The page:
Photographer of the week: Bill Gekas

We are very happy to award Bill Gekas photographer of the week! Bill is an outstanding portrait and children's photographer always coming up with new creative ideas and settings. Many thanks to Yvette Depaepe for doing this interview. As always, you will find more photos by Bill at the end of the interview.



Briefly tell us about yourself, your hobbies and other jobs.


I was born and raised in Melbourne Australia.  Melbourne is the place where I currently reside. Although my main interest is the craft of photography and visual arts in general, photography is not my full time profession. I successfully own and operate a manufacturing business in the construction sector. As I'm involved in a profession which is completely unrelated to my main interest I need an insanity to stay sane, it just so happens that photography is my insanity.

How has your history and life experiences affected your photography? Which are your most important experiences that has influenced your art?

As much as I know, what I want to achieve on a piece by piece basis, I don't believe I have found my photographic vision yet. Subconsciously I hope I never to find it. The photographic journey I've decided to take has made me discover as much about other people as about myself, both the good and the bad and I believe the discovery occurs on the journey. I think finding your vision is akin to arriving at the destination. Personally I don't think I want to arrive just yet!

What first attracted you to photography?

I've always been interested in the visual arts but could never draw or paint so photography was going to be the medium I was going to use. My first encounter with photography was when I was 6 years old. We were living in London for a few years and my father bought a Pentax ME-Super slr film camera. The whole photography process just slowly grew on me from there and it wasn't until many years later in my 20's that I started taking it a lot more seriously as an artistic pursuit.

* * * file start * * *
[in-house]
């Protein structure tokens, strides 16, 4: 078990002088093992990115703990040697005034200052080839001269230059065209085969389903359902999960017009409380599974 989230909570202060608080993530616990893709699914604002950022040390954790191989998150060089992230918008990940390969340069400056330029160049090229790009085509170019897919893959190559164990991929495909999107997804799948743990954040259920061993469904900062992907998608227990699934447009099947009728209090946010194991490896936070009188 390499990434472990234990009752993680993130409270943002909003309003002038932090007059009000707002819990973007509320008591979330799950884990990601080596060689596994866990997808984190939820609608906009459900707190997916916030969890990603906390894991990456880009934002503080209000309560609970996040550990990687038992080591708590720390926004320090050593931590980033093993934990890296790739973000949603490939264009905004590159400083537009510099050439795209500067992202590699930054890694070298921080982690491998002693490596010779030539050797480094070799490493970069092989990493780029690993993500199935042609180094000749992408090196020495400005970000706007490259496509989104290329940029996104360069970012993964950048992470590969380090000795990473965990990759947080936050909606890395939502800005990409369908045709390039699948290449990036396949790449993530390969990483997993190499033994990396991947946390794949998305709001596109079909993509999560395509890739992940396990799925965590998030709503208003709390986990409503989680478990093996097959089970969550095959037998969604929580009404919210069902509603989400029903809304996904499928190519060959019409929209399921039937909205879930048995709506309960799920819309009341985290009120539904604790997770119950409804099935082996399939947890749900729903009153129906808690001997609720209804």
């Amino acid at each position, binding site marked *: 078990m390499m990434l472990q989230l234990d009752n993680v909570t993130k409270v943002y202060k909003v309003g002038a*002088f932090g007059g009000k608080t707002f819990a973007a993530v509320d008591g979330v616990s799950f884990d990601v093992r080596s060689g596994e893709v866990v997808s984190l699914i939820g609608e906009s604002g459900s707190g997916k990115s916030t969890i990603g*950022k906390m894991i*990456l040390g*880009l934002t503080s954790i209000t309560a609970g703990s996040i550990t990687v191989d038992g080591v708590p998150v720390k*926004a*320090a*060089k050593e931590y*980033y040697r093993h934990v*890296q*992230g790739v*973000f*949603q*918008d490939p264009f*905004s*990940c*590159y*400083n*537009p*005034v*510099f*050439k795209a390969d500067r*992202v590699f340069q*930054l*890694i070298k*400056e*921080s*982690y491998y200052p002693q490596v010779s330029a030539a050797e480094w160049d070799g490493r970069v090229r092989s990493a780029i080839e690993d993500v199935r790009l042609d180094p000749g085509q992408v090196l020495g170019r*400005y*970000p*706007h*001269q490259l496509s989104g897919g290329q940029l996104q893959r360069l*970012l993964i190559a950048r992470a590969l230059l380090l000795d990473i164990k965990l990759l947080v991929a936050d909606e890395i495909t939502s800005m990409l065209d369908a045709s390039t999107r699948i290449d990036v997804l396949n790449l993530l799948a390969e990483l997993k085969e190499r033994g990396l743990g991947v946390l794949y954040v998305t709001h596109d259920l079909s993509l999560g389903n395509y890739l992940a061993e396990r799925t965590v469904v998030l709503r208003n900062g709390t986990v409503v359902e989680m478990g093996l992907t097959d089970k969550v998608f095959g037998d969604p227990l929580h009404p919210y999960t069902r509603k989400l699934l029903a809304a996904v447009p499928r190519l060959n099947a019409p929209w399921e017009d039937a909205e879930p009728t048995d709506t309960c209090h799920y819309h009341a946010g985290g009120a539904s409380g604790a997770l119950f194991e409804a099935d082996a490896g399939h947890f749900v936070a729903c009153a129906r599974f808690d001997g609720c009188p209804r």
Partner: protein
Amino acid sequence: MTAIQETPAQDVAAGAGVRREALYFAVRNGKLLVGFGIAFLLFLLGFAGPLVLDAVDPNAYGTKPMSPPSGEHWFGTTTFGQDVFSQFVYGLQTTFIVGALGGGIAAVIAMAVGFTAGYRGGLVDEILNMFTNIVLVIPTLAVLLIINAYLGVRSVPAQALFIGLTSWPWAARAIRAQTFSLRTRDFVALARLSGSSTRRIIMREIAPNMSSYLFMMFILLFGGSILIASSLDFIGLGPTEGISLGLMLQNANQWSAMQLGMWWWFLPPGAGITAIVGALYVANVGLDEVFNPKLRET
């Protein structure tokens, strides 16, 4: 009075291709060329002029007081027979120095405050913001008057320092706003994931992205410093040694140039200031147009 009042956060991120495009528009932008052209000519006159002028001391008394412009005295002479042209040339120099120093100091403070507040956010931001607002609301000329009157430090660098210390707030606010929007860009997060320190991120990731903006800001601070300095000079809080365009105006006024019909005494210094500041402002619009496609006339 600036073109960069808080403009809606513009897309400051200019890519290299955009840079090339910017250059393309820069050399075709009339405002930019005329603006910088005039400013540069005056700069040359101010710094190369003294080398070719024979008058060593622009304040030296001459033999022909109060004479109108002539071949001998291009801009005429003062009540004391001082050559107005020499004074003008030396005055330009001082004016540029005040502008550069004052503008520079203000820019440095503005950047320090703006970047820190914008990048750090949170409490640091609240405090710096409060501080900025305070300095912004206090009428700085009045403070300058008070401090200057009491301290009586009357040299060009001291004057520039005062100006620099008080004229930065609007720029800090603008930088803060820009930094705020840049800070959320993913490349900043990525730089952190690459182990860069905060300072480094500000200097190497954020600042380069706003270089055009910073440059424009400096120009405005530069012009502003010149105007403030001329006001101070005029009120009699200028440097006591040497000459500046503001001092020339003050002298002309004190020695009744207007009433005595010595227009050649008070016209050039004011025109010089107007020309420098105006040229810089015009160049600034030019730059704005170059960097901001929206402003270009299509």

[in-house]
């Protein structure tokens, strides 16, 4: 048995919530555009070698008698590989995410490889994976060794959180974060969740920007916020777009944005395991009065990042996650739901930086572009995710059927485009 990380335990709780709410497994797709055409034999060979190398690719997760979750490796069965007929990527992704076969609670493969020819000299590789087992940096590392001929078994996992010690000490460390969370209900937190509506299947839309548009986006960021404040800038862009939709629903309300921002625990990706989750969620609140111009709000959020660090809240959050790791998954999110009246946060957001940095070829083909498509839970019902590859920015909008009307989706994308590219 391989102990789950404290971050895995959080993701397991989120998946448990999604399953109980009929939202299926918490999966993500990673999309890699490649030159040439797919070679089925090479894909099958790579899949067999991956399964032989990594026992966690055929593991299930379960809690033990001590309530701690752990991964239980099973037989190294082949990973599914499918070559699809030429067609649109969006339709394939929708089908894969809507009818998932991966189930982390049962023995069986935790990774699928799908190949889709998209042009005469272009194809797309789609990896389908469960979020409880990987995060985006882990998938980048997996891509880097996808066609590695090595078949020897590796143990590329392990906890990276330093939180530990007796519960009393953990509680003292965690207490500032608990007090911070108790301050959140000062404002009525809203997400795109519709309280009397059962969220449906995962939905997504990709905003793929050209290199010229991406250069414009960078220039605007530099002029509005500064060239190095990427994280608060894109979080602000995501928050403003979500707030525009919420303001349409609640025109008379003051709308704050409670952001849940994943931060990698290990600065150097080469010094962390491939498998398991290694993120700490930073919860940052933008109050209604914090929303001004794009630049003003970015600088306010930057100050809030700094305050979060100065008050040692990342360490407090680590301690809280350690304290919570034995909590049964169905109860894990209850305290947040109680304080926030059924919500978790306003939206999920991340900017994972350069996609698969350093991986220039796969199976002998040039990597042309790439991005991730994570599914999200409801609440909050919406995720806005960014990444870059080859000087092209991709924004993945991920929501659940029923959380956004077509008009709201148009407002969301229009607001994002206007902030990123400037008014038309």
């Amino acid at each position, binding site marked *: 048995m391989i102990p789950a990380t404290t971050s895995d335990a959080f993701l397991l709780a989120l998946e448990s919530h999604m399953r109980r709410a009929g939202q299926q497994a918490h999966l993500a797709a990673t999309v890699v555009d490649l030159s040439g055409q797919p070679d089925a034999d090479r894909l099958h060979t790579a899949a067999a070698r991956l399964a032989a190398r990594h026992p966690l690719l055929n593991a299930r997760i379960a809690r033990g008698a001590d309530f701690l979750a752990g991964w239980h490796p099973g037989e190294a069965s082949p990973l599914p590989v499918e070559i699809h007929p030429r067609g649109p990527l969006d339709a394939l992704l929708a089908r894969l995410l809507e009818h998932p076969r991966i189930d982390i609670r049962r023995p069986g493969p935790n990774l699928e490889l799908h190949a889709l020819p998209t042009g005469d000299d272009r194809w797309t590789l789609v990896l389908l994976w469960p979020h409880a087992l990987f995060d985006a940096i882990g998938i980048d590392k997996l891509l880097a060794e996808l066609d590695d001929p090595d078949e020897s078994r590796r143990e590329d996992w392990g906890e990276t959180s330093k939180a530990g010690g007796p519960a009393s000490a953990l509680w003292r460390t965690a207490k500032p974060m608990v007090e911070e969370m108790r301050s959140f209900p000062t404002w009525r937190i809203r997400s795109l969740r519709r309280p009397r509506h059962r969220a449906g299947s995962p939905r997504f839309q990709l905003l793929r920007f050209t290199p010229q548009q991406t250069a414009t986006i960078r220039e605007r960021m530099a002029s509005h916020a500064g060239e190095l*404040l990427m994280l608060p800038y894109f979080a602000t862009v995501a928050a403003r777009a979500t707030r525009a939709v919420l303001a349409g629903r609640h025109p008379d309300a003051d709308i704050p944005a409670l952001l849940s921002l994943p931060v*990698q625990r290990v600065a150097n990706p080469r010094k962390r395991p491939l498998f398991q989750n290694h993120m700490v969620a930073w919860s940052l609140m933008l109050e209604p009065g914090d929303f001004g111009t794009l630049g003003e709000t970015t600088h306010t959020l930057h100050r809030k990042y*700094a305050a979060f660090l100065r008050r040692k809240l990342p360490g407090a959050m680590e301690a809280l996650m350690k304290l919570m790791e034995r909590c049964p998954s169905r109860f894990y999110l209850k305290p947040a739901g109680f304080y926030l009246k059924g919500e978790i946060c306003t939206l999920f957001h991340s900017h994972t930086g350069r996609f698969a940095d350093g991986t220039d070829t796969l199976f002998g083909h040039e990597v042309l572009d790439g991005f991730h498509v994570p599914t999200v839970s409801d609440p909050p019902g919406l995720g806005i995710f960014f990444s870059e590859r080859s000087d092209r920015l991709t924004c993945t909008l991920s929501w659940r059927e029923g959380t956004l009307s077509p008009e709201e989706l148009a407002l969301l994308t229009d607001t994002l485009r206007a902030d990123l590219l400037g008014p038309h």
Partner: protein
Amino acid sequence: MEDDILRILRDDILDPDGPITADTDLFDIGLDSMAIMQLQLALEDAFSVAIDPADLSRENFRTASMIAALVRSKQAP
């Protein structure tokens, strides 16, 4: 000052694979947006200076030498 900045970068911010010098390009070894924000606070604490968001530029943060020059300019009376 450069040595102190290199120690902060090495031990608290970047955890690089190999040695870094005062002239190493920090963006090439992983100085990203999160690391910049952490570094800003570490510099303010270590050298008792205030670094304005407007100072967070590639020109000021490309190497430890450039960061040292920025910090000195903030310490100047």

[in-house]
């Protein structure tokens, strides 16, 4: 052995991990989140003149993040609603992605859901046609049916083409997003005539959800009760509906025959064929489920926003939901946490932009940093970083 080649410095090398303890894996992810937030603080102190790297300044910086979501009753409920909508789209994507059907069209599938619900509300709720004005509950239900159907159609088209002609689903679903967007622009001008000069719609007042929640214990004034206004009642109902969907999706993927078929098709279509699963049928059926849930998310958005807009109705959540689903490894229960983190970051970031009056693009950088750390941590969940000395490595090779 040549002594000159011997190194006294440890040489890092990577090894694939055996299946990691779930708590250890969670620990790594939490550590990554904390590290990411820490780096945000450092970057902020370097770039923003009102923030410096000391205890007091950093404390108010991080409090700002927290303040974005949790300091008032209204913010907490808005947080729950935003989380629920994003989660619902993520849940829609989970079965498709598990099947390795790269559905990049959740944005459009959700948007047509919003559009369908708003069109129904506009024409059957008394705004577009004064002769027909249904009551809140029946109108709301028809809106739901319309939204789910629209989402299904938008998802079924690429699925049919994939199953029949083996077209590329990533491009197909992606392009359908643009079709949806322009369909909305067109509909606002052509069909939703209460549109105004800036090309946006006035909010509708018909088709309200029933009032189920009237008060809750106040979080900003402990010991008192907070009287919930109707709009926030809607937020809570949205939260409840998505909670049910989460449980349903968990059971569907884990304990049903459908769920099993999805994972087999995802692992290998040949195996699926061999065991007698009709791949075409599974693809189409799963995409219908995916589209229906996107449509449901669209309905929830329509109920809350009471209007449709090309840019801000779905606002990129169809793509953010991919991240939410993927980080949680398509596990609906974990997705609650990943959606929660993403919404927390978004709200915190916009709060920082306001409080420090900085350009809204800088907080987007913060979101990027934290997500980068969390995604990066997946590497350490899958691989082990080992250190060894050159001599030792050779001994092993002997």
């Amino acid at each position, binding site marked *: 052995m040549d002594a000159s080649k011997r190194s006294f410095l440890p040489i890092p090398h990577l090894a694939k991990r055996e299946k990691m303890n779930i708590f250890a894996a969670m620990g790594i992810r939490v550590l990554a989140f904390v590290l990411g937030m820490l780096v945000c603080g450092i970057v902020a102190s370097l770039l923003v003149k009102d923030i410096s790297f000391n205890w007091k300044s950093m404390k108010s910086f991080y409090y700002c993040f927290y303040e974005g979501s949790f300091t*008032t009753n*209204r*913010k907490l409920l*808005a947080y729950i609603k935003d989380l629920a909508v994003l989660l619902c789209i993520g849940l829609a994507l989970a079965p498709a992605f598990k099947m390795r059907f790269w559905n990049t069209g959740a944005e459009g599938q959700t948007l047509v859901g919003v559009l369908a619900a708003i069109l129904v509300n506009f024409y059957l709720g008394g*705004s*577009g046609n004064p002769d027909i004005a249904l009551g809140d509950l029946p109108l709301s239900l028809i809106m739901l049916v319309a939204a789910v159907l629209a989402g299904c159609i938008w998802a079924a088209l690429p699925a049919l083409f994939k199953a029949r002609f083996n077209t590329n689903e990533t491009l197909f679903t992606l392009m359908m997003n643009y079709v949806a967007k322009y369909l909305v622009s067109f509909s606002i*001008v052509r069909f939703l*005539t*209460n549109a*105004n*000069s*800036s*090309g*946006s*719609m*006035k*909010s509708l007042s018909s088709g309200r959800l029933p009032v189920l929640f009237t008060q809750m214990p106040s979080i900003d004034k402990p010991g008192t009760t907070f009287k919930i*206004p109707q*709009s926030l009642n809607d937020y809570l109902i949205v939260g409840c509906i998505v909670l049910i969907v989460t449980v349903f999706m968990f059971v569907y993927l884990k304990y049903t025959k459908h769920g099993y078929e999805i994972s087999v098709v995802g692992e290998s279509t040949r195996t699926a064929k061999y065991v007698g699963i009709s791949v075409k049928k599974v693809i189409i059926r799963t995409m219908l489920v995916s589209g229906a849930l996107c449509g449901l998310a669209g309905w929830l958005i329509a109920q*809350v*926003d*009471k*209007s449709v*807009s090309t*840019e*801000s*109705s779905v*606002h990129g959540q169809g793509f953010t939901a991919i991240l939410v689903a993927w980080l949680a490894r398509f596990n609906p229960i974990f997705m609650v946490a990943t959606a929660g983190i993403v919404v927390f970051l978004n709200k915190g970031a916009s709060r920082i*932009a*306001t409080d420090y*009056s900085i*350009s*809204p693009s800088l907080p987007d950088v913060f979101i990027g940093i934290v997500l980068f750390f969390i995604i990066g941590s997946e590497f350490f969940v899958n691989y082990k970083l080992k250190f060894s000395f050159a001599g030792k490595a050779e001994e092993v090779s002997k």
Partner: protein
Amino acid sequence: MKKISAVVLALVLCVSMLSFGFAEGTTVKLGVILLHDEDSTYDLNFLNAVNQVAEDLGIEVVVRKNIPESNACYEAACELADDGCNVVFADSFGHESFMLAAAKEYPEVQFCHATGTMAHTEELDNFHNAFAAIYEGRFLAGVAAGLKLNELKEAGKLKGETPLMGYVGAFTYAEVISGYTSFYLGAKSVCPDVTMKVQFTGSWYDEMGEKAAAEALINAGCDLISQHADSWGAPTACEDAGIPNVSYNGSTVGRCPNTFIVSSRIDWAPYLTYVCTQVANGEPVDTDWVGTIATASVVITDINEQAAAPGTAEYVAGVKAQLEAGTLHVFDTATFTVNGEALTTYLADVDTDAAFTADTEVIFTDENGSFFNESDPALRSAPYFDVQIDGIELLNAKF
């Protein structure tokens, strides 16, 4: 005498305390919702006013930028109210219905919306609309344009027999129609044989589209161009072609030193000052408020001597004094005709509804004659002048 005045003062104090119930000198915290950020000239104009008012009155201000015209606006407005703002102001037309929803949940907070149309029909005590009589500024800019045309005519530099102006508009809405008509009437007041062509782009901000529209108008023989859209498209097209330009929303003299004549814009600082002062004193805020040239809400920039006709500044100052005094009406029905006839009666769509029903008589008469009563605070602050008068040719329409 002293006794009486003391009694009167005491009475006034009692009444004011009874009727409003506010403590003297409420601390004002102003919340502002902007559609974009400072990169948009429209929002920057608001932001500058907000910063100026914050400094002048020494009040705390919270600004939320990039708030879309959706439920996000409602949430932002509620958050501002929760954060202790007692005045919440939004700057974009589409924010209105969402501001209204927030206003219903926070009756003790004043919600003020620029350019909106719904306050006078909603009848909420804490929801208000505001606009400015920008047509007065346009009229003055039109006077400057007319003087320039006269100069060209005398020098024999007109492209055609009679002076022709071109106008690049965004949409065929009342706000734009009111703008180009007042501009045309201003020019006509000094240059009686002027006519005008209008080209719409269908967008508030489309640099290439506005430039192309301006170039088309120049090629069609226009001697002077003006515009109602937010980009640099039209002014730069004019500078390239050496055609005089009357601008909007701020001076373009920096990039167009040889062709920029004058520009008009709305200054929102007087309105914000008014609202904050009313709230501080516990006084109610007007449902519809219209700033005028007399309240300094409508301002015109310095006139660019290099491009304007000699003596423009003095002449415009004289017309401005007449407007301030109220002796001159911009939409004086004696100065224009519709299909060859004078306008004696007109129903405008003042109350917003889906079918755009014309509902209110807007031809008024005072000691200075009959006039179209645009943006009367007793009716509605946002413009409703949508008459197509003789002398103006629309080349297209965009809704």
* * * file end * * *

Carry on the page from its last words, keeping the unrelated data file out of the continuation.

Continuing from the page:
Describe your overall photographic vision.

Although most of my portfolio and awarded work is of my young daughter, it's not just about children photography for me. My chosen genre is portraiture in general, portraiture with a fine art surreal aesthetic.

Why are you so drawn to children photography?

One thing when photographing children in these conceptual scenes is that people can relate to children in art as they see the connection to their own children or even themselves. The child in conceptual type works is sort of considered a metaphor, a universal child.

What is more important to you, the story behind an image or the technical perfection?

In my opinion the story in an image always trumps the technicals. You can have a technically perfect image but if the story, emotion or atmosphere doesn't exist then it's just a showcase of the photographers technical understanding of the craft. The technicals of photography can always be mastered and for some people a lot quicker than for others but mastering the art of photography is a lifelong journey. However combining both the art and technical perfection in your work surely gets people looking twice, and given the flood of visuals that cross us in this day and age that has to be a good thing.

What generally is your relationship to your subject matter beyond being an observer?

I find the connection between photographer and subject usually reflects back to the end viewer. If the photographer is merely an observer the end viewer is also an observer. Although some photographers intentionally create work that is also a type of reflection of themselves, it's something I try to avoid in my own work, unfortunately though this can be challenging as it can happen on a subconscious level.

Who are your favorite photographers and more importantly, how has your appreciation of their work affected how you approach your own photography?  

Although there are many amazing photographers out there a few current photographers I have a lot of respect for their works are Dan Winters, Erwin Olaf, Eugenio Recuenco, Paolo Roversi. At the same time though I also believe that in the whole scheme of things photography is a fairly recent invention and it's very limiting to be only inspired by photographers. Photography being just another visual medium means inspiration should be sought from all visual mediums, be it paintings, drawings, sculptures etc. This ultimately opens up a much larger timeline to be inspired from. I have a lot of appreciation for the works by the old master painters such as Vermeer, Caravaggio, Velazquez, Rembrandt and the atmosphere in their works finds a way of influencing my own.

Are there any specific directions that you would like to take your photography in the future or any specific goals that you wish to achieve?

Any change in direction will just be an evolutionary step from the current style I'm working to, but it will always be portraiture with a fine art, surreal aesthetic. I believe the directional change will be from the painterly style I am known for to perhaps a more simplistic minimalistic approach, both technically and aesthetically. As much as I enjoy this painterly style, I still believe it is just a stepping stone to where it will end up. The beauty of this craft is that it is an open game and there is plenty of room for exploration.

 

 

 

 

 

 


 

 

 

 


 

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